SSN: Good news for dealers: Consumers still disappointed with DIY cameras

October 1, 2015

Security System News posted an article yesterday by Amy Canfield sharing a promising report for custom installers and dealers, highlighting consumer’s need for professionals who understand the systems that are being installed in homes.

Consumers’ disappointment with DIY home security cameras could become a “renaissance” for traditional dealers, according to John Feland, CEO of Argus Insights. Customers need some help, he said, and dealers are positioned to do just that.

While consumers are slowly becoming more satisfied with smart home devices, they still are disappointed in their DIY security cameras, according to a September report from Argus Insights, Feland told Security Systems News.

Following its most recent report in June, “Connected Home or Ho-Hum,” Argus looked at 45,000 consumer reviews from March through August. Home automation customers are becoming, slowly but surely, increasingly satisfied with smart light bulbs and security kits, according to its latest report, “What Makes a Smart Home a Happy Home?” But the reliability and connectivity concerns of DIY cameras, Feland said, are still a turn-off.

“They’ve got their system installed, finally, and then the mobile notifications they were promised, such as motion detection, are not working as planned. They’re spending so much bandwidth to send that data up to the cloud, and now they can’t watch Netflix,” he said.

Installation is easy, he said. It’s “people’s gateway drug—their five minutes of success,” but when problems arise they have to become “a wireless engineer, an optical person, you have to set up a new router … all these things have to work.”

That consumer frustration provides an opportunity for professionals, he said.

To read the full article on Security System News:,270,271


Custom Integration Community – Future Predictions & Hopes

January 24, 2013

CE Pro announced the most influential people of past 20 years yesterday.  These innovators are the backbones of home consumer electronics. As part of the article, they asked the custom integration community to comment on the past 20 years, and predict where the next 20 years will take us. Here are excerpts from the Julie Jacobson article.  To read the complete article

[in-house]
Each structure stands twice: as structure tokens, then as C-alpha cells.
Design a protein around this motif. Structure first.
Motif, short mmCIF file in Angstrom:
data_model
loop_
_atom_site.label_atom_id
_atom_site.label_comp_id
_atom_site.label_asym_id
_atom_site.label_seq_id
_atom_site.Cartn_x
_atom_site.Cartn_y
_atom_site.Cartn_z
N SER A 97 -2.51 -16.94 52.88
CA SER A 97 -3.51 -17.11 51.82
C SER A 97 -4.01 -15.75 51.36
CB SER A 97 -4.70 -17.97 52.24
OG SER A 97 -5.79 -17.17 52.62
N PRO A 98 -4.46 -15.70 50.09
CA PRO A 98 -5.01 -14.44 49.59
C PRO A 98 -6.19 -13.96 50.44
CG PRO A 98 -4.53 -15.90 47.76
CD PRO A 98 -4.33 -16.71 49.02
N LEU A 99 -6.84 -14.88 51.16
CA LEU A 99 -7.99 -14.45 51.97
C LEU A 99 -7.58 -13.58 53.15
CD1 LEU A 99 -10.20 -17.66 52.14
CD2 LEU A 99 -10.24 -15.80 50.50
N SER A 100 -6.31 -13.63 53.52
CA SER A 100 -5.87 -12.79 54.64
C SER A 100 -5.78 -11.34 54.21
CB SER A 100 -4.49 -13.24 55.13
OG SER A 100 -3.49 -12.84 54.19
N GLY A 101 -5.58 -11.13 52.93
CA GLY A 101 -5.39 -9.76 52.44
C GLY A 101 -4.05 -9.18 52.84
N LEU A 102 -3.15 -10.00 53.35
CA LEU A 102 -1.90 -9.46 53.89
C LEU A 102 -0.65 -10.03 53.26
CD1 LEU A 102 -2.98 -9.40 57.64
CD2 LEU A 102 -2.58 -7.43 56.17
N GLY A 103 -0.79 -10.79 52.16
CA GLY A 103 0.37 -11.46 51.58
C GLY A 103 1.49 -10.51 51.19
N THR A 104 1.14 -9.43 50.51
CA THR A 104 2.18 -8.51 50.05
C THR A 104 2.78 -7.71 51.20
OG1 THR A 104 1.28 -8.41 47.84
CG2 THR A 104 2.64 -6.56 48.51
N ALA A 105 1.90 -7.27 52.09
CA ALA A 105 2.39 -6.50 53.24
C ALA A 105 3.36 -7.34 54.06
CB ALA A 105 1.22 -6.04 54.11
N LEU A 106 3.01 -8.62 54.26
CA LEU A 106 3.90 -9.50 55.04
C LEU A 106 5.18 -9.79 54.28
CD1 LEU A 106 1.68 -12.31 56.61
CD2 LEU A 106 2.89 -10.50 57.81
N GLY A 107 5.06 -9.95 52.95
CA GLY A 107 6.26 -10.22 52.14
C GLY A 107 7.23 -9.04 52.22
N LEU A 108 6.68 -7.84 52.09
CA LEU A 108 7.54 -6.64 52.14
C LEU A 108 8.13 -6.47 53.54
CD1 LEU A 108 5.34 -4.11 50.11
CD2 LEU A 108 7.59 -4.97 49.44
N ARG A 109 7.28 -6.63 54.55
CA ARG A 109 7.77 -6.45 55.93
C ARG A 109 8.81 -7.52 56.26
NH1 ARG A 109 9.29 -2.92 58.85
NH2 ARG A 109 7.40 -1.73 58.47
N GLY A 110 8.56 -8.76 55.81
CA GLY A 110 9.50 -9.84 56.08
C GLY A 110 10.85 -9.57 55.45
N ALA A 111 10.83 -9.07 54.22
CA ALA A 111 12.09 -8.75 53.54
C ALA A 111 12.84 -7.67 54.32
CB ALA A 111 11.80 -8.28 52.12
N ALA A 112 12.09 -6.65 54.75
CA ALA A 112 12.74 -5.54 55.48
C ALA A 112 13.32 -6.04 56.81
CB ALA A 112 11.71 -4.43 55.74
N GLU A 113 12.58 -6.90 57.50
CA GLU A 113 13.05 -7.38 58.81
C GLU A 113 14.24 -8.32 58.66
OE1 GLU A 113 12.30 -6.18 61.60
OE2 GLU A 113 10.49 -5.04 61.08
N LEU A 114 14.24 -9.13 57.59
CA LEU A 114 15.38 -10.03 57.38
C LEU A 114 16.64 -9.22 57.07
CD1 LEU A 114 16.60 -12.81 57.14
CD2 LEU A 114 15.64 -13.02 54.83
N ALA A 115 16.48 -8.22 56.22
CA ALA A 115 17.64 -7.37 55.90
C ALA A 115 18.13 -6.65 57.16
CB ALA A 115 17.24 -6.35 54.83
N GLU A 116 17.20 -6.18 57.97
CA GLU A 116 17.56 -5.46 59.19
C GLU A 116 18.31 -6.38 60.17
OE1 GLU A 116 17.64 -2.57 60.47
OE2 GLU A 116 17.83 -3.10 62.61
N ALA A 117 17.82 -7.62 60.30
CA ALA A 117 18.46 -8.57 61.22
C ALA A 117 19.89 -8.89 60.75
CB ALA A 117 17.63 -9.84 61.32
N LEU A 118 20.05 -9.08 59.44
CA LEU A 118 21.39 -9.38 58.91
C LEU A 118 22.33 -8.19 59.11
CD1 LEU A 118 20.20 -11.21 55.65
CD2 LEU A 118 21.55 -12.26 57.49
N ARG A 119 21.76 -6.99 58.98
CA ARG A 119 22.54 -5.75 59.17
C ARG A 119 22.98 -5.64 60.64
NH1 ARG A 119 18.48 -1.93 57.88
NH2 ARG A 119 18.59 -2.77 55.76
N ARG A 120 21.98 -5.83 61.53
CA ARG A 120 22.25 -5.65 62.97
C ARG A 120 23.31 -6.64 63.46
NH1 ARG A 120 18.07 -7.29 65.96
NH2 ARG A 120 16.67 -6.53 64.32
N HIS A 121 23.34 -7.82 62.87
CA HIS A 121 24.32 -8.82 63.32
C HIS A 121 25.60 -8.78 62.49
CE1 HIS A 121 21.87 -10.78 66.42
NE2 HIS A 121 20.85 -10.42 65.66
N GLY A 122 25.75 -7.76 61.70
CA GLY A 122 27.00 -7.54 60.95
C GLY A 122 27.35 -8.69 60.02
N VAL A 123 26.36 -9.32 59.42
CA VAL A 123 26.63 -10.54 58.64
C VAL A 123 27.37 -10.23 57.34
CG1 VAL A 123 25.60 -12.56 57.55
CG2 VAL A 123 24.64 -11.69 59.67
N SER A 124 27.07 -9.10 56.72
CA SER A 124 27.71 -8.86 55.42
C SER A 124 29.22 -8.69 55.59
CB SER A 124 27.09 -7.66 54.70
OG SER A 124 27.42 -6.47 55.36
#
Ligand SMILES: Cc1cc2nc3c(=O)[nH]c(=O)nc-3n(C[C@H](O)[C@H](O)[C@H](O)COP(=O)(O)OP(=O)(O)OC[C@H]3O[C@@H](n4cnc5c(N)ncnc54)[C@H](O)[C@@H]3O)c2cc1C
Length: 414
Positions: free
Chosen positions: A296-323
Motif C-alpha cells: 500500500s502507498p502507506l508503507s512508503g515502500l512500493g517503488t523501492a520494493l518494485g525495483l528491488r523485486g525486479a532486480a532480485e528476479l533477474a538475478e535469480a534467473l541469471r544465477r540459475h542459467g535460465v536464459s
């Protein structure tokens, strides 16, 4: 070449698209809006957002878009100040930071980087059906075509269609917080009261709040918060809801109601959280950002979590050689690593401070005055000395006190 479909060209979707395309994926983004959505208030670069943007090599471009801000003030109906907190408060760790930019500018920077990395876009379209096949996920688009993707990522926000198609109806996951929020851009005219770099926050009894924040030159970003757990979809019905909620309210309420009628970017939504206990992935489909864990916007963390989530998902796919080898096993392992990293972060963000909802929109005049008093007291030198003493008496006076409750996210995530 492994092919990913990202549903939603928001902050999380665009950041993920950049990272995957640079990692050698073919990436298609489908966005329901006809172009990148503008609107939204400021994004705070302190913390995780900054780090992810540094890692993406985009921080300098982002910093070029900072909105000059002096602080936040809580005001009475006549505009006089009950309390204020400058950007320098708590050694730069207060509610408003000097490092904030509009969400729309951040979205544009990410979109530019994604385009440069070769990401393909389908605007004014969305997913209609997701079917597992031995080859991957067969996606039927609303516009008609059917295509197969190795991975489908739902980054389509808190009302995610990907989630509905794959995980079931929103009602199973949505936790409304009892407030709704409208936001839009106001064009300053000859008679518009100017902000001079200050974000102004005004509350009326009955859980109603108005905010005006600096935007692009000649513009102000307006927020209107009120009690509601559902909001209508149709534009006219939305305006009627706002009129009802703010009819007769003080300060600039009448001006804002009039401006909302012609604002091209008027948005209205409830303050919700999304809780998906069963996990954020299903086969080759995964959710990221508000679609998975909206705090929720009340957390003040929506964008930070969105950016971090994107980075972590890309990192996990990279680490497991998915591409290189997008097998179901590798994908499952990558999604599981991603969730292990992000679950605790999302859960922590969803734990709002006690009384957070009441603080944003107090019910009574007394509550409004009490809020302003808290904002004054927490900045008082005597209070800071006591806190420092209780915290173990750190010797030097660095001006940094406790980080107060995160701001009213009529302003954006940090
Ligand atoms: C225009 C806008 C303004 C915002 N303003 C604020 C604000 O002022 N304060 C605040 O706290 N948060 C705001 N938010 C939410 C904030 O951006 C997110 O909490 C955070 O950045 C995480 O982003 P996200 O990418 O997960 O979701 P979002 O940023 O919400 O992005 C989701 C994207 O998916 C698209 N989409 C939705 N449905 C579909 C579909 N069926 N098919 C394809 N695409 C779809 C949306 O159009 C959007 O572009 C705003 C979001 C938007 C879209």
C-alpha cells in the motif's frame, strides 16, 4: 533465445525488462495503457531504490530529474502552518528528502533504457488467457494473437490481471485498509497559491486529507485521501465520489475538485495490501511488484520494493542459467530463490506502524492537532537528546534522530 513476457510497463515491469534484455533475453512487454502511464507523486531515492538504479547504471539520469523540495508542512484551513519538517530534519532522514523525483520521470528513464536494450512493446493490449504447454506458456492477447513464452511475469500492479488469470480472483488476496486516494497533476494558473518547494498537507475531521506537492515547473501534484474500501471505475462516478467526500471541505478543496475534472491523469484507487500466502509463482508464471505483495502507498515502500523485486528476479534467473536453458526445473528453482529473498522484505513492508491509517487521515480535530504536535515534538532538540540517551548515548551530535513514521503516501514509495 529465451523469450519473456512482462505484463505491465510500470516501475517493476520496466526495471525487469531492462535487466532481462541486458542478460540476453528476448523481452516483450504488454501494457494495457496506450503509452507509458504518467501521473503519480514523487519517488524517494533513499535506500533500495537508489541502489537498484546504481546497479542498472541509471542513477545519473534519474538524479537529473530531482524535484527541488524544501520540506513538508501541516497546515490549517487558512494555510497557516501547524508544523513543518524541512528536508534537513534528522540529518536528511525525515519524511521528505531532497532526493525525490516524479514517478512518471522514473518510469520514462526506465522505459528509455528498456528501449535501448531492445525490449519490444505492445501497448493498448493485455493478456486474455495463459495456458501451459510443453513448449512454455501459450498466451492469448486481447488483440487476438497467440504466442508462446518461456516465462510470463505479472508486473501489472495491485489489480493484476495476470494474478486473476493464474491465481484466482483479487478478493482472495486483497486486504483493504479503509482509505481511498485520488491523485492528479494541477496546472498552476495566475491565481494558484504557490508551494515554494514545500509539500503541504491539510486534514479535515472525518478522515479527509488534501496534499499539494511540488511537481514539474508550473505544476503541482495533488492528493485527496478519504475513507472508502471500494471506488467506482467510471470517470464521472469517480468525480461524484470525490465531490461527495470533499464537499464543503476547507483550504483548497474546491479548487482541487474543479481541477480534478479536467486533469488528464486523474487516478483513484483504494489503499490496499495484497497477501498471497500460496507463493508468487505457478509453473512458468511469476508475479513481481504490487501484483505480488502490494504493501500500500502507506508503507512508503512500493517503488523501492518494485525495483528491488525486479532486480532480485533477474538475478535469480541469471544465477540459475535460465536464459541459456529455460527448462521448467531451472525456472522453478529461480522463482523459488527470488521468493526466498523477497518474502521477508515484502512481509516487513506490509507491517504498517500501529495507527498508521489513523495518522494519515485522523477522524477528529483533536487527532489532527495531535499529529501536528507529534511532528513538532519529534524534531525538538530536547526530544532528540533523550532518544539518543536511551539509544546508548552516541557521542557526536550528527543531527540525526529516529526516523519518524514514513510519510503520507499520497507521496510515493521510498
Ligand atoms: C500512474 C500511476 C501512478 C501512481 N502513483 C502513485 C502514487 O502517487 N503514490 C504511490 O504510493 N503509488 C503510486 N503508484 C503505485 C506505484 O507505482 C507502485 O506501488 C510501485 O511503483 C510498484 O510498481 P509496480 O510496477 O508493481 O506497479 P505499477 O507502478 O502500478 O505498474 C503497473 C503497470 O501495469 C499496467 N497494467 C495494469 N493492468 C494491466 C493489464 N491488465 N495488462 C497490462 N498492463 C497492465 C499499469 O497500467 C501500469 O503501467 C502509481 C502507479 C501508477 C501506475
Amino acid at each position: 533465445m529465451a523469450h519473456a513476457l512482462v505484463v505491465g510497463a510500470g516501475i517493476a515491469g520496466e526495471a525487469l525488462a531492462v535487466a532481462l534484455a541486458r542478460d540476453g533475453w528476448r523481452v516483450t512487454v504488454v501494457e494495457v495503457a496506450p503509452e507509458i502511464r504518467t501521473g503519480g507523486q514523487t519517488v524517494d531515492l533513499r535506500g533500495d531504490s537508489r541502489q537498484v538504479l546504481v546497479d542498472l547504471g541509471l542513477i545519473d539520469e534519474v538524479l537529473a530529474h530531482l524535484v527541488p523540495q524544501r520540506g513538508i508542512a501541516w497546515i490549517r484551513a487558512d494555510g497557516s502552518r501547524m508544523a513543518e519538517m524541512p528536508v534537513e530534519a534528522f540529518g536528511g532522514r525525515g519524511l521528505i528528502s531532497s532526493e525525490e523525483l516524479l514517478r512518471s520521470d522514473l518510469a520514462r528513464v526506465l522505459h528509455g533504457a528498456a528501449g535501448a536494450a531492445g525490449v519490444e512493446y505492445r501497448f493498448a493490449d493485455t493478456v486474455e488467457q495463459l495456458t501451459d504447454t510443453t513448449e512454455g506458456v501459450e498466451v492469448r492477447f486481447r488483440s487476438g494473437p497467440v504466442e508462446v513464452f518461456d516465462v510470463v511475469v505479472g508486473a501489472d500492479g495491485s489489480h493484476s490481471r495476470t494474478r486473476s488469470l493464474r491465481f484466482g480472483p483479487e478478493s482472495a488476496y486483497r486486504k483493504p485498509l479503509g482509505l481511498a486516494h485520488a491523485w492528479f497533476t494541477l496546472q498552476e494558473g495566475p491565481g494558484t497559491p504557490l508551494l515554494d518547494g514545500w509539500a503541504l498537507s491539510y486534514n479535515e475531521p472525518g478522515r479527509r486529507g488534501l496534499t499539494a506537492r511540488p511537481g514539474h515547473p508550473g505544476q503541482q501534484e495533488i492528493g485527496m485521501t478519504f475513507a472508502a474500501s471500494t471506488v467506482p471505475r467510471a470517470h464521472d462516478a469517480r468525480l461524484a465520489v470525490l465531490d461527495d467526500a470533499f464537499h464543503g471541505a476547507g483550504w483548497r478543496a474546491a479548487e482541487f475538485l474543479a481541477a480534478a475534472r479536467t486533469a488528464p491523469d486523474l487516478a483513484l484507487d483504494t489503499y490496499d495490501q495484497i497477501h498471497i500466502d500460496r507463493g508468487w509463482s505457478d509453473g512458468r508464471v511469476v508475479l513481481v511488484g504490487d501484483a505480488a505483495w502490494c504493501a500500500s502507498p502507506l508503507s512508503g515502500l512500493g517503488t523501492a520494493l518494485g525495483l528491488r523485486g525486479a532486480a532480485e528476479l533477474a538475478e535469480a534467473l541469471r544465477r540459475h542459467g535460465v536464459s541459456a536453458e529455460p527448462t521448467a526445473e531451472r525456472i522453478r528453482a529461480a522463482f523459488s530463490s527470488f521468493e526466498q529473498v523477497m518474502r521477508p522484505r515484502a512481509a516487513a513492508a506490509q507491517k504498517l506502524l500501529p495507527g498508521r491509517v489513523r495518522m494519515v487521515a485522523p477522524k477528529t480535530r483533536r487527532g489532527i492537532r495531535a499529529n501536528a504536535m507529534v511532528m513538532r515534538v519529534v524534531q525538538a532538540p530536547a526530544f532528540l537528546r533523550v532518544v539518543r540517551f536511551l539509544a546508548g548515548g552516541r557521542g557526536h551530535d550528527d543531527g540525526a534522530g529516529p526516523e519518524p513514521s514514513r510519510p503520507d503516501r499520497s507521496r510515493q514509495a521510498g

Combating Mass-Market Installers
Over the past 20 years the technological advancements in IP have changed the landscape significantly. The technology to control your home and distribute A/V has made it easier and less expensive for people.

I see DIY exploding in the next five years as IPv6 comes online. In addition, the traditional CAT V [cable] and security providers are going to learn how to sell and install this technology better than they do today, and it will continue to disrupt the traditional A/V integrator. If I were starting out now I would consider only targeting the very high end where DIY and low-tech CAT V and security providers can’t play and likely never will.

– Aaron Miller, formerly Magnolia Audio/Video and La Scala, Vancouver, BC

Whither the Art of Selling
I do think that the art of being a great salesperson has for the most part left the industry. It seems that too many in this industry don’t involve the customer in the buying process enough to get them excited. Too many buying decisions are made by reading “unbiased” reviews that at times are anything but. This industry needs to get back to telling the story of the product and the company it came from, and selling on a product’s merit, not solely on if it is the best “deal’” or not.

– Joel Russcher, Grand Home Automation, Grand Rapids, Mich.

Networks, LEDs, Pre-engineered Panels, Remote Monitoring, Life Safety
These days, changes are recognized in quick loading applications so my thoughts begin and end with the quality of the network. Over the past 20 years we’ve seen the non-existent network give way to today’s managed and robust networks, which are the backbone of every system out there today.

Security, led control, and panels that are pre-engineered, designed and installed that cut down on site deployment time are also in the cards. these developments, along with constant remote monitoring, are in the future and we are beginning to see it now.

I also believe that life safety systems will begin to look better in the overall picture in new construction starts – not just to meet code requirements, but also to have an aesthetic that is on par with architectural designs from the likes of truFIg, sonance, leon speakers and Crestron.

– Richard Hollander, Performance Imaging, Stamford, Conn. Read the rest of this entry »